The large body of literature on finance and growth offers several explanations as to why financial institutions facilitate economic growth.1 Financial institutions mobilize savings, diversify risk and produce information about investment opportunities. These functions help to improve the productivity of financed investments, which should result in higher growth rates provided that the returns to accumulable inputs are nondiminishing at an aggregate level. Consistent with this theoretical proposition, several empirical studies find that financial development can be strongly related to the process of economic growth, although the strength and the sign of such a relationship might vary with the level of economic development and other country-specific factors.2 An important aspect of the relationship between finance and growth is the way in which the financial structure, proxied by the importance of financial institutions such as banks relative to financial markets, affects the allocation of financial resources. Crucially relevant to this issue is the observation that when the economy is characterized by informational imperfections such that markets are incomplete, financial institutions and capital markets might affect each other in a nontrivial way. For instance, Allen and Gale (1997) demonstrate that while banks can provide more effective intertemporal risk smoothing than financial markets, their effectiveness in performing this role crucially depends on the degree of competition from the markets. Strong competition might result in disintermediation, undermining banks' ability to provide intertemporal risk smoothing. Boot and Thakor (1997) study the interaction between banks and markets. Their theory of financial system architecture is based on three types of informational asymmetries: imperfect knowledge about the quality of investment projects available to borrowers; possible post-lending moral hazard; uncertainty as to whether an individual borrower would be prone to moral hazard. While the last two types of information asymmetry can be better solved by banks, the first one is more efficiently tackled by financial markets. As a result, they show that the equilibrium financial structure consists of an optimal combination of bank credit and market finance. Interestingly, in their framework, as the financial system develops and borrowers gain reputation, capital markets expand at the expense of banks. Subrahmanyam and Titman (1999) build a model that explains private versus public financing, based on the costs of acquiring information and the importance of serendipitous information in capital markets. In their model, the value of firms which decide to go public depends positively on the size of the market for public financing. This implies the existence of an externality associated with the decision to go public such that an equilibrium could exist where the number of firms going public is inefficiently low. In this paper, we study the interaction between financial investors that gather information about investment opportunities and a financial market where information is disclosed, and derive the consequences for the allocation of financial resources. We find that the establishment of a financial market characterized by a disclosure law such that entrepreneurs can credibly disclose their sources of financing may undermine financial institutions' incentives to screen the quality of the investments they finance. This might occur even if screening would have been efficient. Applying this result in the context of a growth model we show that, other things being equal, the change in the financial structure resulting from the introduction of such disclosure law could affect the equilibrium growth rate of the economy in an adverse way. We construct a simple model of a competitive financial system in which financial investors provide funds to entrepreneurs. Financial investors can monitor (and screen) the entrepreneurs they fund, in which case we call them bankers. Alternatively, they can purchase financial securities, in which case we call them market investors. Entrepreneurs can either rely on bankers to finance their investments (bank-finance) or issue financial securities in the market (market-finance), or both. We first present a set-up in which the main source of imperfect information is that entrepreneurs' investment decisions are private, i.e. nonobservable by third parties. This gives rise to a moral hazard problem since by assumption entrepreneurs have the incentive to choose negative net present value (NPV) investments. Accordingly, there is scope for bankers to monitor, which would eliminate the moral hazard issue. Monitoring is costly, nonverifiable and nonobservable. Thus, similar to the model by Holmstrom and Tirole (1997), bankers need to be given the incentive to monitor. Because of monitoring costs, bank-finance is always more expensive than market-finance, and thus entrepreneurs aim at minimizing its use. On the other hand, financial investors are willing to supply market-finance only if they know that the entrepreneurs are being monitored. Since monitoring costs are fixed, a banker has the incentive to monitor an entrepreneur if and only if the amount of finance supplied by the banker to that entrepreneur does not fall below a certain minimum. Therefore, the amount of bank-finance raised by an entrepreneur is informative of whether that entrepreneur is subject to monitoring. If the financial market enforces a disclosure law, entrepreneurs can credibly disclose their sources of financing, thereby gaining access to market-finance. In this case, entrepreneurs' equilibrium capital structure is a mixture of market-finance and bank-finance, where the latter is kept at a minimum. Otherwise, without disclosure law, entrepreneurs cannot credibly disclose their sources of financing and market-investors are not informed as to whether entrepreneurs are monitored or not, so that bank finance is the only source of finance. In this simple model, the interaction between bank-finance and market-finance is irrelevant: the NPV of financed investment does not depend on whether the financial system comprises both market and bank finance or only the latter. A different conclusion is reached when the following additional assumptions are introduced: (a) there exist two qualities of investment yielding a positive NPV, with the better quality being associated with higher expected NPV; (b) the quality of investments is observable only by incurring a fixed screening cost.3 Screening is nonobservable and nonverifiable. Similarly to monitoring, a banker has the incentive to screen the quality of an entrepreneur's projects if and only if the finance supplied by the banker to that entrepreneur is enough to recover the fixed screening costs, given the expected gain due to the selection of high quality investments through screening. Therefore, the amount of bank-finance raised by an entrepreneur is not just informative of whether that entrepreneur is being monitored or not, but also of whether her investments are subject to screening or not. Still, if there is no disclosure law, entrepreneurs cannot credibly disclose their sources of financing to market investors. Therefore, bank-finance will be the only source of financing. Under these circumstances, bankers internalize all the benefits from screening and provide the efficient level of screening. Differently, when the disclosure law is in place, market investors become informed and the entrepreneurs can minimize the use of bank-finance by gaining access to market-finance. This might lead to an equilibrium in which the demand for bank-finance is so low that no screening takes place, even when screening would be efficient. Not all benefits from the screening process are internalized by bankers who incur the cost. By disclosing their sources of financing, entrepreneurs indirectly reveal the quality of their investment and as a result, market investors capture part of the benefits from screening without incurring any cost. Furthermore, due to the noncontractible nature of screening, the return required by bankers to have the incentive to screen is higher than what would be otherwise. This strengthens entrepreneurs' incentives to minimize the use of bank finance. These factors explain why an inefficient level of screening can occur. We find that, given the screening cost, for intermediate levels of the return to investment, either only a pooling equilibrium exists with no screening, irrespective of whether screening would have been efficient or not, or the pooling equilibrium coexists with the screening equilibrium. Only if the return on the best quality projects is sufficiently high, the equilibrium is always characterized by the efficient level of screening. These conclusions are incorporated in a simple overlapping generation model to show that, other things equal, the change from a system in which bank-finance is the only source of financing to a system characterized by the interaction between bank and market finance could have a negative effect on economic growth. This theoretical result has important implications for the ‘financial structure and growth’ debate (see Dolar and Meh (2002) for a recent review). A common view in this debate, is that while “[ …] Better-developed financial systems positively influence growth. It is relatively unimportant for economic growth [ …] whether overall financial development stems from bank or market development [ …]” (Levine, 2002, p. 400). This conclusion, which is referred to as the ‘financial service view’ has received empirical support from cross-sectional econometric studies such as Beck and Levine (2002) and Demirguc-Kunt and Levine (2001).4 Contrary to this view, our model predicts that as long as banks and market have distinct roles in the provision of information then the interaction between them may have an impact on growth. We analyze the growth impact of the interaction between stock market and banks using the same data set as Demirguc-Kunt and Levine (2001). Our empirical findings confirm the established result that both banking and stock market development are positively associated with higher real per capita growth. This positive relationship, however, hides some interesting interaction effects between these two components of the financial system, which have not been fully explored in the empirical literature. In particular, by modifying the standard cross-country growth regression model to include an interaction term between banking and stock market development we find that the growth impact of banking development is affected by the development of the stock market. Specifically, our results show a significant negative interaction effect implying that the impact of banking development on growth becomes less positive the higher is the level of stock market development. This is highly robust to alternative specifications and instrumental variables estimation. This finding is consistent with the model's conclusion that the interaction between bank and market-finance matters for growth. The paper is organized as follows. Section 2 presents a model where bankers perform only monitoring, while Section 3 introduces screening. Section 4 analyzes the implications for long-run economic growth. Section 5 presents the empirical evidence. A final section concludes the paper.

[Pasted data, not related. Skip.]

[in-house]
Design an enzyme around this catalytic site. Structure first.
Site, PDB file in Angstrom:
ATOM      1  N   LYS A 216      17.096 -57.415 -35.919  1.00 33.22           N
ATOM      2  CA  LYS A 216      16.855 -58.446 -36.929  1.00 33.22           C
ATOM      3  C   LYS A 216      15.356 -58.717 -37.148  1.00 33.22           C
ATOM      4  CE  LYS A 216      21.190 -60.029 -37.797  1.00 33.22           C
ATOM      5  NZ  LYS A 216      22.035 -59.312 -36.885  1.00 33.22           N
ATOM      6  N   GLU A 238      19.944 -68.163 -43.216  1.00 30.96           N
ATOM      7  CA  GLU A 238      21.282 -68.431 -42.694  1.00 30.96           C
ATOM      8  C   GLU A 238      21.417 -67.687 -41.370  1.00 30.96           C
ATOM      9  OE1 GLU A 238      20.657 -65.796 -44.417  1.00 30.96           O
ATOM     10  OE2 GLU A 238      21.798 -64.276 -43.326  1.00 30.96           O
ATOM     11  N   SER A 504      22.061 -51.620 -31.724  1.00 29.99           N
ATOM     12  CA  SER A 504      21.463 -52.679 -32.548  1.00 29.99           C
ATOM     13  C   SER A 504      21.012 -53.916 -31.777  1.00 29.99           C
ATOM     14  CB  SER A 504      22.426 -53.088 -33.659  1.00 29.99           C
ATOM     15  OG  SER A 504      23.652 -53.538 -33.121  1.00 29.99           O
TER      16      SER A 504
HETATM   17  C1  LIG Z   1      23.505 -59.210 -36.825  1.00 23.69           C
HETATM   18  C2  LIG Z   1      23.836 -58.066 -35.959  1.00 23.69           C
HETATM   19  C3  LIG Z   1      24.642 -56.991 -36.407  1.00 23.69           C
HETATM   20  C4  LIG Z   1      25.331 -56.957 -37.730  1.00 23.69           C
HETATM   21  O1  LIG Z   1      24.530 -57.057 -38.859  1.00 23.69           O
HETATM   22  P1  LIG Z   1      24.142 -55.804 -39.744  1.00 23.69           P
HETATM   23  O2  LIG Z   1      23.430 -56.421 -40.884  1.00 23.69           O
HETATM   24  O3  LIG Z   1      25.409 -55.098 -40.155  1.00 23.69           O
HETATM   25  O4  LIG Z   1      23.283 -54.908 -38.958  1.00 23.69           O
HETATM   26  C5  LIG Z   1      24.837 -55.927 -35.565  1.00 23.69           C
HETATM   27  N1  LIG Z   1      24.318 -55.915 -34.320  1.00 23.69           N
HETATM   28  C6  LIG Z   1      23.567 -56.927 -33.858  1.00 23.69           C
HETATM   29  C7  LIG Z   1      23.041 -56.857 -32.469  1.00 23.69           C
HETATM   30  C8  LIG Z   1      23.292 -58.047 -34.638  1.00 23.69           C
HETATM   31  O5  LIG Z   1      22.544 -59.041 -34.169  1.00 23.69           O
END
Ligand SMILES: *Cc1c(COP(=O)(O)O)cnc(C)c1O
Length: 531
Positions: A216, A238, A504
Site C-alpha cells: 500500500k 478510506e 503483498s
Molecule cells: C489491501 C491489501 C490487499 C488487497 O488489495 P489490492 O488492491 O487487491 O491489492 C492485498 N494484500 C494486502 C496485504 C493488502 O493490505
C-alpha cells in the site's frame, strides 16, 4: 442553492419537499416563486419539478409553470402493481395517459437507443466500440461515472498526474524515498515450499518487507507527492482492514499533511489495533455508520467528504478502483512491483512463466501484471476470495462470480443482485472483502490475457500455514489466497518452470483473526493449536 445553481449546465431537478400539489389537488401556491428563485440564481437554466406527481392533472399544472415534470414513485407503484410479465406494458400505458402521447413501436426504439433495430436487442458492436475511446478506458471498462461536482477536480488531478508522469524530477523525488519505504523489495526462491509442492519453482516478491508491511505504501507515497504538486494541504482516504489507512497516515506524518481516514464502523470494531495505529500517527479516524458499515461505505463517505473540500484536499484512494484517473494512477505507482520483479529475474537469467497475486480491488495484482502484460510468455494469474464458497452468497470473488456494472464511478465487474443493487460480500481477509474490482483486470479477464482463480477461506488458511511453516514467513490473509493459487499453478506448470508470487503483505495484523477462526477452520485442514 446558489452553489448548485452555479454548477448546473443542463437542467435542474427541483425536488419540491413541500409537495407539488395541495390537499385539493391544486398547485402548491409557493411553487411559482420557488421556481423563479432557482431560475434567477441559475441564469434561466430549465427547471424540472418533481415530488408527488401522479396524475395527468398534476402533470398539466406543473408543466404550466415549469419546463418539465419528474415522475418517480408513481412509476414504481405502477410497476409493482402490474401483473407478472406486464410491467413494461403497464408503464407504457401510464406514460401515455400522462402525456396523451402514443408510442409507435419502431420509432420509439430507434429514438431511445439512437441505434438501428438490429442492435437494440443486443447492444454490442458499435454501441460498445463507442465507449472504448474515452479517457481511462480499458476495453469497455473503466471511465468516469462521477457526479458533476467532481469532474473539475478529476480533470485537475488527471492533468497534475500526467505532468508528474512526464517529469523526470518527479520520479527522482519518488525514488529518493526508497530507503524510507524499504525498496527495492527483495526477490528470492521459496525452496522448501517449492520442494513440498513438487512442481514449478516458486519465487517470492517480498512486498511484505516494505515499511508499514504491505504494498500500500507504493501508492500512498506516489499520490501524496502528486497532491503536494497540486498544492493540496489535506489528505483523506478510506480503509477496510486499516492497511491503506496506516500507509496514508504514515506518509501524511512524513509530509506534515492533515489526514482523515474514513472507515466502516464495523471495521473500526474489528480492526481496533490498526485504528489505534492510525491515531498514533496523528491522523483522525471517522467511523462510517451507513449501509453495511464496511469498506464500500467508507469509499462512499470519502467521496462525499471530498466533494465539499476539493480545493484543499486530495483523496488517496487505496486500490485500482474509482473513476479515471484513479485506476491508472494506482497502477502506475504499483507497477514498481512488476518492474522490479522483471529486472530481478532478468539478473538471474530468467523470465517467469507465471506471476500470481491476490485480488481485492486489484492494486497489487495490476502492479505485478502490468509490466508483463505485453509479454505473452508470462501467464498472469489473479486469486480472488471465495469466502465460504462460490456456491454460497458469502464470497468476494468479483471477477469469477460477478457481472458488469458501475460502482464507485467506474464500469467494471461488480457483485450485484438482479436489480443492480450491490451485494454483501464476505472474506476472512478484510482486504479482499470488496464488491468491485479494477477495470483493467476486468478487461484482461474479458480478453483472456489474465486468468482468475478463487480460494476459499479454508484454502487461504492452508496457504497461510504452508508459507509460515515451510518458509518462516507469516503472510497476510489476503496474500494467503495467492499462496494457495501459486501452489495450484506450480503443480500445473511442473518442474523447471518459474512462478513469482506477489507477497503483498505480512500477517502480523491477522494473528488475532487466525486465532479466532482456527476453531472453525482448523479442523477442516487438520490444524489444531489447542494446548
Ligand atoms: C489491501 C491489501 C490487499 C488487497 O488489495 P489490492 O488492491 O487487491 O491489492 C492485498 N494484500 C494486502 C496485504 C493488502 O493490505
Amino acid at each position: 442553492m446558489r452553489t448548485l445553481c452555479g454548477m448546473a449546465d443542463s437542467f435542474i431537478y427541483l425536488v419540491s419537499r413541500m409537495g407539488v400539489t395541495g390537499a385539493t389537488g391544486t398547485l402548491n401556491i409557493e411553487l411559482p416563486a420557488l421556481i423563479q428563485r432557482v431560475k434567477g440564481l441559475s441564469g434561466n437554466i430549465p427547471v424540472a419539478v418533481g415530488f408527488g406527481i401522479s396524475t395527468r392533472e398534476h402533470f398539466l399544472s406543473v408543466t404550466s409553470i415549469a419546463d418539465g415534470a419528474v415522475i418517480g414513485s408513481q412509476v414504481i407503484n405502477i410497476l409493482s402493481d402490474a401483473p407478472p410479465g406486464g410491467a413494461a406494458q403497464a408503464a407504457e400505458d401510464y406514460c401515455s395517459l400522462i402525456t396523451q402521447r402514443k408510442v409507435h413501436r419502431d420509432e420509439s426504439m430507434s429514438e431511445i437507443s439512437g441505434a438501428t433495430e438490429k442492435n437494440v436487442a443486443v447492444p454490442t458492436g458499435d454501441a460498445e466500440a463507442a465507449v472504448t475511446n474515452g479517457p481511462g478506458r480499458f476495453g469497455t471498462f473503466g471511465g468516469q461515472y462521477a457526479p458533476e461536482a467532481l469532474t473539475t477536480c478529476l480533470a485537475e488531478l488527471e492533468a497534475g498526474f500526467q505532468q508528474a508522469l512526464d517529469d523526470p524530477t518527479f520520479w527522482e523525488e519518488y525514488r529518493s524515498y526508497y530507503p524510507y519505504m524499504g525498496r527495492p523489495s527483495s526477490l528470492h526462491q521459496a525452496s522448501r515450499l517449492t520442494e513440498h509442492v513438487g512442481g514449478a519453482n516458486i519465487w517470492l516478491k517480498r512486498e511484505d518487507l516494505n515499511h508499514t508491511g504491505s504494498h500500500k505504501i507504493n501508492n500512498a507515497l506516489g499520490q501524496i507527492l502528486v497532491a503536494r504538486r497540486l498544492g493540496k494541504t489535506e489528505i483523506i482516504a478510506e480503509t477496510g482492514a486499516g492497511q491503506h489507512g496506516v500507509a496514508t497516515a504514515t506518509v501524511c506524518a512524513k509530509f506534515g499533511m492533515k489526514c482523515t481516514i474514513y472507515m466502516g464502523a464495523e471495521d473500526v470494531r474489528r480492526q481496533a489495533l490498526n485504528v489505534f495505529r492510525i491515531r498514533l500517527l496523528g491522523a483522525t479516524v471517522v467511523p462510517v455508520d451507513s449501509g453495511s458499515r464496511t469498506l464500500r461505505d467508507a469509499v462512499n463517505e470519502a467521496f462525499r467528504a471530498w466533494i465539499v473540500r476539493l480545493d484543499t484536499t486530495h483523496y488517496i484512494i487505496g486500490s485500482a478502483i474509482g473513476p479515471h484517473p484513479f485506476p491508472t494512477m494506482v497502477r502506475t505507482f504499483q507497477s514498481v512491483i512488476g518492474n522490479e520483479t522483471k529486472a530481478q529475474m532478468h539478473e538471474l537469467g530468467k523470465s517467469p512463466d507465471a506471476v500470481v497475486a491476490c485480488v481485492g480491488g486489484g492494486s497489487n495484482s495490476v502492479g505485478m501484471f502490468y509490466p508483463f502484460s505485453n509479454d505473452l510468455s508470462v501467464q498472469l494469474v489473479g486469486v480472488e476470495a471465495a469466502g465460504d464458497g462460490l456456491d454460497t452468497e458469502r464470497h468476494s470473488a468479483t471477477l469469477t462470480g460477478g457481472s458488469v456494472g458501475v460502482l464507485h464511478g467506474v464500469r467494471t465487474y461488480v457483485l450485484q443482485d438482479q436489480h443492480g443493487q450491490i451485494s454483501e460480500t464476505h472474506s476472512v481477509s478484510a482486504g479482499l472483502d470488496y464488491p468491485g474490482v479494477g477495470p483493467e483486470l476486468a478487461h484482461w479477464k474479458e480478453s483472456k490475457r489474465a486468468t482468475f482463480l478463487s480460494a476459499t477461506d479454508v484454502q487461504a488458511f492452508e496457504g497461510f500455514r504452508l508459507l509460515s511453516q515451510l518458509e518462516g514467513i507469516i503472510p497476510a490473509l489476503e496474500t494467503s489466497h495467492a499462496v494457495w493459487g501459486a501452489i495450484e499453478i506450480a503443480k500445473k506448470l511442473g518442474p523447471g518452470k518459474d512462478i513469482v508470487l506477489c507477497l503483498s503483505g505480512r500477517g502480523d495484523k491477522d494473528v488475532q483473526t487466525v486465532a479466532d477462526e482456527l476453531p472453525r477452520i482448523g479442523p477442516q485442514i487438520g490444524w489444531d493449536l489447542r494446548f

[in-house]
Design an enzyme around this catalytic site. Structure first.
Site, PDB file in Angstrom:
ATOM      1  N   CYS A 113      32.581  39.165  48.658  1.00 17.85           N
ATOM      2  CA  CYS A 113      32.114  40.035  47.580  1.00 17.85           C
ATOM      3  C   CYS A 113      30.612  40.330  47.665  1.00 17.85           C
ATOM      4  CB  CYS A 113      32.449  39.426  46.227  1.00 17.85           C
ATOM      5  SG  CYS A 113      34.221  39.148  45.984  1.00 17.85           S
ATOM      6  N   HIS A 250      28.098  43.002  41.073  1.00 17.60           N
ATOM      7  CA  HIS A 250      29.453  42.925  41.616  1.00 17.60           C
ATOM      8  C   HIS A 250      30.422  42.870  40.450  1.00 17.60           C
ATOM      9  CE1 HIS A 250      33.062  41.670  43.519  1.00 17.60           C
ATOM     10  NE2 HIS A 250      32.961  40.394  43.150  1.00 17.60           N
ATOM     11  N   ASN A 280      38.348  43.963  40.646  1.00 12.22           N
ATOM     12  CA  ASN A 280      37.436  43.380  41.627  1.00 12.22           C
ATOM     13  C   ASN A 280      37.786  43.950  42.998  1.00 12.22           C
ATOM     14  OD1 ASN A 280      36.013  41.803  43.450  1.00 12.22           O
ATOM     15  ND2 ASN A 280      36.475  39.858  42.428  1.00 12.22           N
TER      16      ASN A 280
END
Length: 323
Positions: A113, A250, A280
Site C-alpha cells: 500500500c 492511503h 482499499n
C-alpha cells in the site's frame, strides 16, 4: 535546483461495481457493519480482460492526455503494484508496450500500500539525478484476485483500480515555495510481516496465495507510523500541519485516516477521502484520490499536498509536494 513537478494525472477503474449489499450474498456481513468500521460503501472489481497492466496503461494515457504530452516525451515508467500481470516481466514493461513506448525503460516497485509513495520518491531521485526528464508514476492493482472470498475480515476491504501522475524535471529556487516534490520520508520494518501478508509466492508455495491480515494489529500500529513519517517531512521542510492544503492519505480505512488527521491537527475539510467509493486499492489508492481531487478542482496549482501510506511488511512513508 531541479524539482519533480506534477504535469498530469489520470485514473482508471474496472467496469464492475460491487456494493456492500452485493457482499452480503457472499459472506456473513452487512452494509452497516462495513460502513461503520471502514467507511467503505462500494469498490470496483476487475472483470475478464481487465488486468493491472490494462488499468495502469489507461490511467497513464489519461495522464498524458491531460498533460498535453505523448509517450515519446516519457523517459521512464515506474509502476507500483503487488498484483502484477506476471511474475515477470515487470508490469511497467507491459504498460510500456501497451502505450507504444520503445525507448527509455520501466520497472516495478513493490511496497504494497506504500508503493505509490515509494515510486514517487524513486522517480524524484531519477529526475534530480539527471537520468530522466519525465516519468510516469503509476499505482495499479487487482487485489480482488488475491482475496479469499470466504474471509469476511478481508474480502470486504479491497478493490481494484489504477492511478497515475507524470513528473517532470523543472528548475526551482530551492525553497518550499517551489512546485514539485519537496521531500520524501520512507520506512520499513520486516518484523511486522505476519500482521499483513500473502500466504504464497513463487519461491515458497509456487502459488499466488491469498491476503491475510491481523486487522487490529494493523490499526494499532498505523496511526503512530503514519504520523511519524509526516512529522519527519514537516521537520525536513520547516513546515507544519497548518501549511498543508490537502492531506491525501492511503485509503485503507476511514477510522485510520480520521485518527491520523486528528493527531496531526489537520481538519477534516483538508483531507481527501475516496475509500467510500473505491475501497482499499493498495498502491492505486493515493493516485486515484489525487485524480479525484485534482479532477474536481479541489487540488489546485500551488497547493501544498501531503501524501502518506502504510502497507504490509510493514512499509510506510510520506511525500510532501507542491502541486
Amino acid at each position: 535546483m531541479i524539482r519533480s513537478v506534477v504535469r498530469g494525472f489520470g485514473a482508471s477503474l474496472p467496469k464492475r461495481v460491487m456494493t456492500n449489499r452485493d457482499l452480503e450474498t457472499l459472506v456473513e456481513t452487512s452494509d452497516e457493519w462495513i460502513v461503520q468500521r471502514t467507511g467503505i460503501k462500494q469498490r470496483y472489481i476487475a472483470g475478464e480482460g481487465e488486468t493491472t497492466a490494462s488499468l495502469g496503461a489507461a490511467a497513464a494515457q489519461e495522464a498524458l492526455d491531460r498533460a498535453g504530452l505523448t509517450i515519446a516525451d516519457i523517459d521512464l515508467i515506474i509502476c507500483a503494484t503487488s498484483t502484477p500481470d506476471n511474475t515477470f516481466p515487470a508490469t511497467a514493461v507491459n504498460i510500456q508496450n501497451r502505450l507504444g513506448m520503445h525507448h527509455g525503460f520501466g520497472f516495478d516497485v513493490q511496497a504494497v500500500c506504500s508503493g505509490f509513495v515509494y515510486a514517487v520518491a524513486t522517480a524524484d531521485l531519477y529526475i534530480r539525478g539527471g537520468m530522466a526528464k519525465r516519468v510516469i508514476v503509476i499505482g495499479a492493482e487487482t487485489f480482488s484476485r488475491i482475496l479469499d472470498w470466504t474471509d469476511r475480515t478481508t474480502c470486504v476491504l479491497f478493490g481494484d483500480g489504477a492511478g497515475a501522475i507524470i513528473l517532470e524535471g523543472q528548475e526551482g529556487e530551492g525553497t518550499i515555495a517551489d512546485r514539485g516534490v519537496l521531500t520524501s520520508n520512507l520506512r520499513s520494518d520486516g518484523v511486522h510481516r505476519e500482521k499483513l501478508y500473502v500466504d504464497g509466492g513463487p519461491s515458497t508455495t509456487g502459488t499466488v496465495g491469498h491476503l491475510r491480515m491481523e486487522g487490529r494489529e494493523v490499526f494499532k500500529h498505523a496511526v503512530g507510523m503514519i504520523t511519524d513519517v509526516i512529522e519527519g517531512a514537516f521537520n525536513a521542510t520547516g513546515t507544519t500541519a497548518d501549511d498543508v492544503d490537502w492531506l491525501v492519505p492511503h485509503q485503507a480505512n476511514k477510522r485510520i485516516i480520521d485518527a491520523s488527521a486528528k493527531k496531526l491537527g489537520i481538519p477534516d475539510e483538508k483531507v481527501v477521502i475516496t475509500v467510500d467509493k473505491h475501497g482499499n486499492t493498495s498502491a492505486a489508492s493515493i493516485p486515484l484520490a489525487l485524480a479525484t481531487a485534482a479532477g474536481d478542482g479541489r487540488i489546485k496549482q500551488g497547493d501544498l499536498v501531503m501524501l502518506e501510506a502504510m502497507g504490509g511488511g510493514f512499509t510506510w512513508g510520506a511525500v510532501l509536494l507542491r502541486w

نتیجه گیری انگلیسی
Although the growth-finance nexus has been heavily researched both at the theoretical and empirical level, the study of the relationship between financial structure and long-run economic growth has so far received much less attention. This paper analyzes the interaction between market and bank-finance in the context of a model characterized by imperfect information about the quality of investments and moral hazard. We show that the establishment of a financial market where entrepreneurs wishing to raise finance are subject to disclosure law regarding their capital structure might undermine financial institutions' incentive to screen, even when screening would have been efficient. Using this result we also show that the change from a bank-based financial system to a system in which market-finance and bank-finance coexist may impact long-run growth. This is contrary to the view which claims that higher financial development, regardless of its source, is always beneficial for economic growth. Using Demirguc-Kunt and Levine (2001) cross-country data set and modifying the standard growth regression to include an interaction between stock market and bank development, we find evidence which is consistent with our model. Specifically, we find a significant negative interaction effect, implying that at higher levels of stock market development, the contribution of bank development to long-run growth becomes less positive. These results offer a new perspective on the ‘financial structure and growth’ debate. They also have important policy implications, especially for developing and emerging countries which in the last two decades have aimed at introducing and/or reforming their stock markets, with varying degrees of success. If competition from the stock market undermines the role of bank and leads to disintermediation, then efforts directed at establishing a stock-market based system may not achieve its intended objectives.